nikola tesla
Serbian-American inventor Nikola Tesla is best known for his contributions to the design of the modern alternating current (AC) electricity supply system. Image Credit: Wikimedia Commons/Midjourney AI, Netha Hussain

Nikola Tesla was one of the geniuses of the modern era. Yet, he died penniless, insane and alone in a New York hotel room.

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The Serbian-American inventor is best known for his contributions to the design of the modern alternating current (AC) electricity supply system. He contributed directly to many of the inventions we take for granted today, like X-rays, fluorescent lights, wireless transmissions, computers, smartphones and robotics. Tesla also pioneered the field of radio communication.

But who was he, exactly, and how was he as a person? Here are some less known facts about the tormented genius:

1. He developed the idea for smartphones in 1901

Tesla was known to have a brilliant mind, but unlike his peer, American inventor Thomas Edison, he didn’t have a head for business. At a time when everyone was racing to develop transatlantic radio, Tesla described to his patron and business partner, American magnate J. P. Morgan, a unique idea: a means of instant communication involving stock quotes and telegram messages, which could be funnelled to his lab, where they would be encoded and assigned a new frequency. That frequency, Tesla said, could be broadcast to a device that would fit in your hand. Tesla was describing the smartphone perfectly. Unfortunately, he didn’t go through with the idea. In fact, he also perfectly conceived ideas for radar, X-rays and radio astronomy but never developed the technology for these inventions.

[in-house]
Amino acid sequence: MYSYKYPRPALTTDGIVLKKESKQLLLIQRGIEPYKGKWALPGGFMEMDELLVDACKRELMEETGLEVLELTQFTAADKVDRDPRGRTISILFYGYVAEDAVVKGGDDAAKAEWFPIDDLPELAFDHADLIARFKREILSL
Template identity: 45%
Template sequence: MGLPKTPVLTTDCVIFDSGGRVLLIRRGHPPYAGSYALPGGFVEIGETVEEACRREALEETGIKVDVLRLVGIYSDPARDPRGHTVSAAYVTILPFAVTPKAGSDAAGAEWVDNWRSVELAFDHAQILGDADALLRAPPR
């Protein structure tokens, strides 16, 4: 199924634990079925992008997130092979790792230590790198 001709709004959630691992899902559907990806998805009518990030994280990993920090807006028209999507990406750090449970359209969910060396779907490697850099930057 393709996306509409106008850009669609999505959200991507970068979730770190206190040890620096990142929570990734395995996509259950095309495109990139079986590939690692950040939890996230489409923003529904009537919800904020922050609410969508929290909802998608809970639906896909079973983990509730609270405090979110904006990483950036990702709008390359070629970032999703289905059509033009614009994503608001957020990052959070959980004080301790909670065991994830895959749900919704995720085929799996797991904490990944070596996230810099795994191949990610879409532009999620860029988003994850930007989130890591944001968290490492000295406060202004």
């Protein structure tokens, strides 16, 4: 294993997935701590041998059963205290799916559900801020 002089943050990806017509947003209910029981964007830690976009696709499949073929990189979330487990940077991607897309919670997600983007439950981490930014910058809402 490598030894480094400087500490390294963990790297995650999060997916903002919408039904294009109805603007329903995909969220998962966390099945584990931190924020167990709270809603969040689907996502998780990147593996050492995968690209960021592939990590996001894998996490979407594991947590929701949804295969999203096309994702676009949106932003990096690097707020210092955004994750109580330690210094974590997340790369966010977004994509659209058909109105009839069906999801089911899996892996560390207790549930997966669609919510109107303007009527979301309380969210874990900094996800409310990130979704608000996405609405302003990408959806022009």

2. He had a photographic memory

Tesla was known to be able to memorise books and images for inventions. He also had a stunning imagination and could visualise in three dimensions – something he used to control the terrifyingly vivid nightmares he suffered from, as a child. He also had extreme hygiene habits, something he developed after he almost died from cholera as a teenager.

3. He had an irrational hatred of pearls

Tesla couldn’t stand pearls, to the extent that he refused to speak to women wearing them. On one occasion, when his secretary work pearl jewellery, he asked her to go back home. No one knows why he hated pearls, but it was clear Tesla had a very specific sense of style. He wore white gloves to dinner every night, and prided himself on being a ‘dapper’ dresser. Tesla even had a ‘good side’, which he carefully constructed whenever someone wanted to take a picture of him.

4. He had a hilarious encounter with Mark Twain

Often eccentric, Tesla had an ‘earthquake machine’ (which was actually a high frequency oscillator) in his Manhattan laboratory – whenever he conducted experiments on it, it shook the entire building and even brought down parts of the neighbourhood. American writer Twain, who knew Tesla from their gentleman’s club, had once complained to him of his digestive issues. So, Tesla invited him over and instructed Twain to stand on the oscillator’s platform while he switched it on. The legend goes, in about 90 seconds, Twain jumped off the platform and rushed for the facilities. Tesla’s experiment was a success.

5. He claimed to receive signals from outer space, and he was right

In the summer of 1899, Tesla set up a field lab in Colorado, US, to assess whether he could use high-altitude stations to transmit information and electricity over long distances. One day, while tracking lightning storms, Tesla’s equipment recorded a series of beeps. After ruling out solar and terrestrial causes, he concluded that the signals must be from outer space, possibly another planet. He even wrote about the incident, stating: “Brethren! We have a message from another world, unknown and remote. It reads: one… two… three…” In 1996, scientists replicated Tesla’s experiment, and found that he was right – the signal was in fact caused by the moon Io, passing through Jupiter’s magnetic field.

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